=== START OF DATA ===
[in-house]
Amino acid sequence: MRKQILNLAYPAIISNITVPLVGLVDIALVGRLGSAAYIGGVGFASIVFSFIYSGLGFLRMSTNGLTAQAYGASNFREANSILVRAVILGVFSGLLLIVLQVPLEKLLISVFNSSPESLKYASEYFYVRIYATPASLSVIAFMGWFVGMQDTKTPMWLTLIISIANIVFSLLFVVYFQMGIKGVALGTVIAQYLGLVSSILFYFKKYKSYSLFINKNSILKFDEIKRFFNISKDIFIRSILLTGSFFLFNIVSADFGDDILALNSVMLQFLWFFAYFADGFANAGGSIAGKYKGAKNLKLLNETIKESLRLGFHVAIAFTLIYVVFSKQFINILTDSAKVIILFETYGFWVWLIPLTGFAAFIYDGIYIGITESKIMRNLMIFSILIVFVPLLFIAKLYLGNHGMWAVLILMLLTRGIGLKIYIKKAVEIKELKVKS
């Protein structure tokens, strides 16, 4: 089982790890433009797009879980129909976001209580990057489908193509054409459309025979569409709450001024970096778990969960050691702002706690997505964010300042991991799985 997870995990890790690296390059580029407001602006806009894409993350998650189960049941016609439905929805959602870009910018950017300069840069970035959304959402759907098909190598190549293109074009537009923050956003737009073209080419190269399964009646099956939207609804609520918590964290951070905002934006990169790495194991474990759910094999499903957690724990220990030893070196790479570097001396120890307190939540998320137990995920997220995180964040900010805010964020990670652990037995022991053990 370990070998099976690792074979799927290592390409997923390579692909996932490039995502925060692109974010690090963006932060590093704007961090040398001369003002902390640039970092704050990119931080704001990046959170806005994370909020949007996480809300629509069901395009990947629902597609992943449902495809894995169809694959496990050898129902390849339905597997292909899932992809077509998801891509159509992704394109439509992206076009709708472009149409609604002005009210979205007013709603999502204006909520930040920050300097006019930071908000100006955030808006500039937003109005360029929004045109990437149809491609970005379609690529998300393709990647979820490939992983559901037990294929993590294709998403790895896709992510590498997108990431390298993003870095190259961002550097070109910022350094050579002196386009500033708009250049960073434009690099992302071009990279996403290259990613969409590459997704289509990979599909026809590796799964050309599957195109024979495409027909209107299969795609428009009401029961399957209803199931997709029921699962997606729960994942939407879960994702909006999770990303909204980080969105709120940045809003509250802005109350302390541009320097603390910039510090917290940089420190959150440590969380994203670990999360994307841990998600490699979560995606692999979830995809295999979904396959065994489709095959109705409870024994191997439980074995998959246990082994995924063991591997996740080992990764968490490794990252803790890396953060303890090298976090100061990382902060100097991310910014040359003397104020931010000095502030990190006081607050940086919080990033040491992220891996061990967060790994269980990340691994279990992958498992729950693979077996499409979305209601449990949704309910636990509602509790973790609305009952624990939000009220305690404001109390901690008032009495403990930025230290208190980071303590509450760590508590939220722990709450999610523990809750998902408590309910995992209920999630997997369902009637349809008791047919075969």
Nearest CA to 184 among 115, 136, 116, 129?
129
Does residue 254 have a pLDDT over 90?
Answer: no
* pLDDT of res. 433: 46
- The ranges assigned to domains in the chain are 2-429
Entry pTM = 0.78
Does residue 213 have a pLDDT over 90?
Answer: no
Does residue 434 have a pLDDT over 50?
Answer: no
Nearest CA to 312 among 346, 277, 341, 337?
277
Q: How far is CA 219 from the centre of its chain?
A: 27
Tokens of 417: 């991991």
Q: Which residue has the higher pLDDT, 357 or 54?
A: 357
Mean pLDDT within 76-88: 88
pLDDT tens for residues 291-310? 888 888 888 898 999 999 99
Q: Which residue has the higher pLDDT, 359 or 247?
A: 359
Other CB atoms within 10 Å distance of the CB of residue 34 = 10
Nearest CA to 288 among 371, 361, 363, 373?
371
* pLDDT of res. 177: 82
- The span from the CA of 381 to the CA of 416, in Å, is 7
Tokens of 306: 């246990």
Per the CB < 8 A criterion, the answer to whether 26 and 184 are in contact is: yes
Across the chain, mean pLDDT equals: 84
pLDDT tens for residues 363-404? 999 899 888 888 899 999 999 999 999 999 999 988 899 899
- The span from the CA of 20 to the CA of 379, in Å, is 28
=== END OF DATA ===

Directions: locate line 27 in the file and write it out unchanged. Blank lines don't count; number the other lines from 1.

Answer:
Nearest CA to 288 among 371, 361, 363, 373?